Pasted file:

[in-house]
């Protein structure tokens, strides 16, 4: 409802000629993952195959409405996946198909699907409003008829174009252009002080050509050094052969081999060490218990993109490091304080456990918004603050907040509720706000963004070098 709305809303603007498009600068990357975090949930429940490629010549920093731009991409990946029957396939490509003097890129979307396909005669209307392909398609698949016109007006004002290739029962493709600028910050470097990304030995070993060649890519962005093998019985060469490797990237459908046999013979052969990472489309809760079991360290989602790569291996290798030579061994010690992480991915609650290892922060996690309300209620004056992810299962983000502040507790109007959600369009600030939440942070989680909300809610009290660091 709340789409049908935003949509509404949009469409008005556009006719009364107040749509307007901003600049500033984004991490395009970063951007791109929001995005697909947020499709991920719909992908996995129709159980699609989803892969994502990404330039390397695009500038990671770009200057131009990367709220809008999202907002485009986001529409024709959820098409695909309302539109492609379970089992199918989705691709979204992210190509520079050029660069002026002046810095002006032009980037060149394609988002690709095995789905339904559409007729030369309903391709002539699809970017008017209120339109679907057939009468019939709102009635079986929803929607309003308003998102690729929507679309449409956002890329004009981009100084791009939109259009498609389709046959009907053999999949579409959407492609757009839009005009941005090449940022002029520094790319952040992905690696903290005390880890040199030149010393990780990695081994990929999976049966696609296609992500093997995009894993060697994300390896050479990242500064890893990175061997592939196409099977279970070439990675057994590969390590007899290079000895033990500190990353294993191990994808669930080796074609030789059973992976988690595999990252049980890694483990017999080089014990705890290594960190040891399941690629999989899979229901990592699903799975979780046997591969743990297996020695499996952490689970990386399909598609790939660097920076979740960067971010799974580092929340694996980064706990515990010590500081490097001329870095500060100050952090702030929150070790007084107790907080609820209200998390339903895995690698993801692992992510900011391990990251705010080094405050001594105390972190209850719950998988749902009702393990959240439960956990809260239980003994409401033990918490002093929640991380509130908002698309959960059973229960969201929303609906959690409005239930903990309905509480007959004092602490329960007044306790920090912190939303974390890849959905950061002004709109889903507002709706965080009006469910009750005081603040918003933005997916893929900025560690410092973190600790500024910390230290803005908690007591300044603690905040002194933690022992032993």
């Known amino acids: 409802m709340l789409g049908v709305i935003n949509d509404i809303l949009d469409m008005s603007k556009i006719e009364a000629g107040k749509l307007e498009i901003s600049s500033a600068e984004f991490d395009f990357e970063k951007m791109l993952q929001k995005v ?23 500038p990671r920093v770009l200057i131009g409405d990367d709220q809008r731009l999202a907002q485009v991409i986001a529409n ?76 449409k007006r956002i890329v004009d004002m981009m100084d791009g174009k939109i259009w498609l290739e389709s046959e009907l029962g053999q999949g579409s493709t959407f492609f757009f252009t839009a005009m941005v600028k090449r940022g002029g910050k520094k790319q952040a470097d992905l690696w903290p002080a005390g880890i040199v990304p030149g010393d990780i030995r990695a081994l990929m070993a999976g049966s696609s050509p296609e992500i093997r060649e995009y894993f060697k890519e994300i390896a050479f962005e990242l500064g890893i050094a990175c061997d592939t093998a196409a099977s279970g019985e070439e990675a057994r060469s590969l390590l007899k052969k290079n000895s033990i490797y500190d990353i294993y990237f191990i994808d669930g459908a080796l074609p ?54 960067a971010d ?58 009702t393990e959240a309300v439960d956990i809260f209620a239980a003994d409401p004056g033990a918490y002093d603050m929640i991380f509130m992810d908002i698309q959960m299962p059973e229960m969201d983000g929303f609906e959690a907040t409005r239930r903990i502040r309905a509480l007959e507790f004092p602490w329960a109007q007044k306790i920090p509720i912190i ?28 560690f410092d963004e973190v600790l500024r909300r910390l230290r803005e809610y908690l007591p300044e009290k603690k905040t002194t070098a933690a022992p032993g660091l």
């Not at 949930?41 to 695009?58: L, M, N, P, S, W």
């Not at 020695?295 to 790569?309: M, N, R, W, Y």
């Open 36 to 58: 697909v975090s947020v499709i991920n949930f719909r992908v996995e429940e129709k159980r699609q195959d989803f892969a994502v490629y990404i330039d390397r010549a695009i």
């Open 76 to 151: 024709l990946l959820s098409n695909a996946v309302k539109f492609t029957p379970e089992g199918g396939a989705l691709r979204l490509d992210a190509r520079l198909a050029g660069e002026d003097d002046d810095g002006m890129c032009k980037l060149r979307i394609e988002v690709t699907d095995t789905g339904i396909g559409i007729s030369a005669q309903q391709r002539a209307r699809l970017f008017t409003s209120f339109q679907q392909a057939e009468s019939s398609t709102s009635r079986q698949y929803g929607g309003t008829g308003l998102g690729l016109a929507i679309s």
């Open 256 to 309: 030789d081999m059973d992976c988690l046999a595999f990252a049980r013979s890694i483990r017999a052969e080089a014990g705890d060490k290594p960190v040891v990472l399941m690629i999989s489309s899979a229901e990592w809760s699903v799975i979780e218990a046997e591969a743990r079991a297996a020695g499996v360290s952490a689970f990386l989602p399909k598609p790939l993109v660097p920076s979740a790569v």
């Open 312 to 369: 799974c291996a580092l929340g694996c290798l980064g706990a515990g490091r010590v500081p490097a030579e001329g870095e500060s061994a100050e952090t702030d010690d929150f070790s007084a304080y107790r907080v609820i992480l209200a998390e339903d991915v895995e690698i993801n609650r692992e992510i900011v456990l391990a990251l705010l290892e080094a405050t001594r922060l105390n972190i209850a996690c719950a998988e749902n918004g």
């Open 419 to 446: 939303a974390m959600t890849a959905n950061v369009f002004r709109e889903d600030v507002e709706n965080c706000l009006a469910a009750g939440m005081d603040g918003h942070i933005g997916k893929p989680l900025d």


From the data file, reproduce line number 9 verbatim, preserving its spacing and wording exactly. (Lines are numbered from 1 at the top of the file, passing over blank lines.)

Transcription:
């Open 312 to 369: 799974c291996a580092l929340g694996c290798l980064g706990a515990g490091r010590v500081p490097a030579e001329g870095e500060s061994a100050e952090t702030d010690d929150f070790s007084a304080y107790r907080v609820i992480l209200a998390e339903d991915v895995e690698i993801n609650r692992e992510i900011v456990l391990a990251l705010l290892e080094a405050t001594r922060l105390n972190i209850a996690c719950a998988e749902n918004g």